CIR is appealing a district court decision in our workplace free speech case, Krehbiel v. BrightKey. Greg Krehbiel, the former vice president of operations for BrightKey, Inc., was fired after coworkers protested political comments that he made in an off-work podcast. On March 4, U.S. District Judge Richard D. Bennett granted BrightKey’s motion to dismiss. CIR filed an appeal with the U.S. Court of Appeals for the Fourth Circuit.
Judge Bennett held that BrightKey did not violate federal civil rights law because no person with the authority to remove Krehbiel acted from an unlawful discriminatory motive. Only Krehbiel’s coworkers objected to Krehbiel’s podcasts, and they did not have the authority to fire him. Having rejected the federal claim, the court declined to accept jurisdiction over the state law political opinion discrimination claim.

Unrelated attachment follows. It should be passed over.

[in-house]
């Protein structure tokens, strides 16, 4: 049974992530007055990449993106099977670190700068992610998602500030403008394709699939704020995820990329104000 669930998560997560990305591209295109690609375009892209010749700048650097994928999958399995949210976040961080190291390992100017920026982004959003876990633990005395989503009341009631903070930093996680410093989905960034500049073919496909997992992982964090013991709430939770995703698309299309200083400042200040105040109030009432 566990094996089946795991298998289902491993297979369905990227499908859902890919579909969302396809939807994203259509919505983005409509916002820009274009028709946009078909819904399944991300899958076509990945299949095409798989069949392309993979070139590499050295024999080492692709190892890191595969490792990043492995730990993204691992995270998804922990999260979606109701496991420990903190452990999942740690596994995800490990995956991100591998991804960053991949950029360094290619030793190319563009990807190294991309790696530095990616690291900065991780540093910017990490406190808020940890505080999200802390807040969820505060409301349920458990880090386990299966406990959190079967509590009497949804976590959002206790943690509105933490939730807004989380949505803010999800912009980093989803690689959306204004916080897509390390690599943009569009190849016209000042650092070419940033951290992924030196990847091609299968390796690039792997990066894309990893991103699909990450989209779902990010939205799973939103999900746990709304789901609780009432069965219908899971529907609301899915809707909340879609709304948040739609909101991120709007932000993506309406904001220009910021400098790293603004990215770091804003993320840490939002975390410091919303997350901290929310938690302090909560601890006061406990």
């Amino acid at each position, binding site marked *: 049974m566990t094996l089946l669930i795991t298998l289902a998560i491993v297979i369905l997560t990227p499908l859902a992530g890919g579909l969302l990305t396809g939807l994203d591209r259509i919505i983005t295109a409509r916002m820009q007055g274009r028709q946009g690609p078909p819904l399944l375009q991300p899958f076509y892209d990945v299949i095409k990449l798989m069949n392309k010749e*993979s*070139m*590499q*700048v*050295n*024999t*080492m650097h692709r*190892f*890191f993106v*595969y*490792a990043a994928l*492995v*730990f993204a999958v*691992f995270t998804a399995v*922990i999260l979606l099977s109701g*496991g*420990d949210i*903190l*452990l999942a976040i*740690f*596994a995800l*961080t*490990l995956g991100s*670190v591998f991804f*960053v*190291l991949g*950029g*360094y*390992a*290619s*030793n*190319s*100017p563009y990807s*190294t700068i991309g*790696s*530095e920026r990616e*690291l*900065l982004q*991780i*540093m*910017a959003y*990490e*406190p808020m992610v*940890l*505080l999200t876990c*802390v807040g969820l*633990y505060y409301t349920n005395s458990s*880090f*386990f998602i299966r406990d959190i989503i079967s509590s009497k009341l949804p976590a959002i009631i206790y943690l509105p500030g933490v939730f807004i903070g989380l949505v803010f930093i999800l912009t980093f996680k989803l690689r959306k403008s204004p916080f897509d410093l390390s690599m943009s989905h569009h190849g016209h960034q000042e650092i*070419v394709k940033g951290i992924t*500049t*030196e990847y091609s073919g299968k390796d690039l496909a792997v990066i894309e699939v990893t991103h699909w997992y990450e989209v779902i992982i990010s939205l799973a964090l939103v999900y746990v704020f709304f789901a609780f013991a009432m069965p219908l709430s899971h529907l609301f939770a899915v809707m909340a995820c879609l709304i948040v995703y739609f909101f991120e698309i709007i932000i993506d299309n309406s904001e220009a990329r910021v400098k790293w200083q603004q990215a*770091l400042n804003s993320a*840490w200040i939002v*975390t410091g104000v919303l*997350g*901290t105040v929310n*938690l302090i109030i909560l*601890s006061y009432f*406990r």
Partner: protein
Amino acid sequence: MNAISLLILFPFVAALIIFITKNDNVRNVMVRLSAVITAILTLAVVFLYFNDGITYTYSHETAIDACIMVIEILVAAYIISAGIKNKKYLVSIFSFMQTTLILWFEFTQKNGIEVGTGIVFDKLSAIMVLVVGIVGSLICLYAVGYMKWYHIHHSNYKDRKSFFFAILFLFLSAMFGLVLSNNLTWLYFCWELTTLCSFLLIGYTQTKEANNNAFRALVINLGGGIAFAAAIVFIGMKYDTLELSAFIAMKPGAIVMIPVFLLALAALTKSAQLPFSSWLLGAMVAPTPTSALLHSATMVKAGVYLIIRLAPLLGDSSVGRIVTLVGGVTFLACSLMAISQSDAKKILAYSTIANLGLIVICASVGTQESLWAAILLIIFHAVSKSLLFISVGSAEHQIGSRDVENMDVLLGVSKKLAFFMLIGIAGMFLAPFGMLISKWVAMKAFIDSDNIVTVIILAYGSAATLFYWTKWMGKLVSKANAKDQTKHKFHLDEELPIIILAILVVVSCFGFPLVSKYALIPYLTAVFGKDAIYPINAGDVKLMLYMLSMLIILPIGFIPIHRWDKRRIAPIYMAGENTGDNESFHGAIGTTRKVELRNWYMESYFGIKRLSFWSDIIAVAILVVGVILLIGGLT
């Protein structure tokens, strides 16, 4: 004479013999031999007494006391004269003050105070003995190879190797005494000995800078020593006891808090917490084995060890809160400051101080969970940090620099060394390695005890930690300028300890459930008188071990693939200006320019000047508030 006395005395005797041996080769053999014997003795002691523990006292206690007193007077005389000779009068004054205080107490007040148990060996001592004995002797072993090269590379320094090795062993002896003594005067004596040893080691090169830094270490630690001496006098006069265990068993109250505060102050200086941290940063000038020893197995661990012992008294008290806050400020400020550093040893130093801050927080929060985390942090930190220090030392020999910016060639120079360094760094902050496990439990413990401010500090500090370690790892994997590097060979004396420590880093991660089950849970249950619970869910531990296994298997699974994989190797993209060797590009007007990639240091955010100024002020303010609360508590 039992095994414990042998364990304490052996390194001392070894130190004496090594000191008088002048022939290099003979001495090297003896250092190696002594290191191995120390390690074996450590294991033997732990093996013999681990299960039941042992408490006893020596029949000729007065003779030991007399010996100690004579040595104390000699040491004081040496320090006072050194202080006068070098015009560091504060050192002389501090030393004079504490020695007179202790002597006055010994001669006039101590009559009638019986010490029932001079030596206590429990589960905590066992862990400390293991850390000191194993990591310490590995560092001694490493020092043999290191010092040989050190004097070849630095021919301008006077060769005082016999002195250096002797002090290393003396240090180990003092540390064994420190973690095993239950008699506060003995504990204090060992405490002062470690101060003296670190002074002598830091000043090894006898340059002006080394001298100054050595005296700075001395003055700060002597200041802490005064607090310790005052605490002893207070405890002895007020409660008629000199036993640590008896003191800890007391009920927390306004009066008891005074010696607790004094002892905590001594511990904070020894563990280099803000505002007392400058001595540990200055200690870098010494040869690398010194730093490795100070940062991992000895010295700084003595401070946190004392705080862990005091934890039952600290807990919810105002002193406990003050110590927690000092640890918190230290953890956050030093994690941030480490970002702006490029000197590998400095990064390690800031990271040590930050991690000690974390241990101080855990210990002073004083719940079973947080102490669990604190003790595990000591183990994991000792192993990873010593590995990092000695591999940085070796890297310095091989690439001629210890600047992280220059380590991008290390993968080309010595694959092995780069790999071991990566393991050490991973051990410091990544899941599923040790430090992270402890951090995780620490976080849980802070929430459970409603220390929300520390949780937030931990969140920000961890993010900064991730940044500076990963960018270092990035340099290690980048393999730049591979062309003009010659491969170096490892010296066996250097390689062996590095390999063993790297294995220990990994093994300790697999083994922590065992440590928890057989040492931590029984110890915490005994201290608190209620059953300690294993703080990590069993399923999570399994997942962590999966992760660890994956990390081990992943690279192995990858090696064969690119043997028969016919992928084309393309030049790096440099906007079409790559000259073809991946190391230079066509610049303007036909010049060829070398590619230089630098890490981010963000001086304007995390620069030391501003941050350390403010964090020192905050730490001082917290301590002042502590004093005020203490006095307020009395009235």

CIR argued that by firing Krehbiel in response to the protest, and knowing that the protesters wanted BrightKey to fire Krehbiel because of his race, BrightKey itself discriminated on the basis of race in removing him. In the same way that courts hold employers accountable if they fire a black or Hispanic employee because a racist customer objects to hiring minorities, federal law holds that an employer discriminates on the basis of race when it affirmatively agrees to a request to fire someone on that basis.
Employers in BrightKey’s jurisdiction are prohibited from retaliating against employees on the basis of political outlook or race, both of which were elements in the protest against Krehbiel’s continued employment and the employees’ request that he be fired. The case is currently pending before the U.S. Court of Appeals for the Fourth Circuit.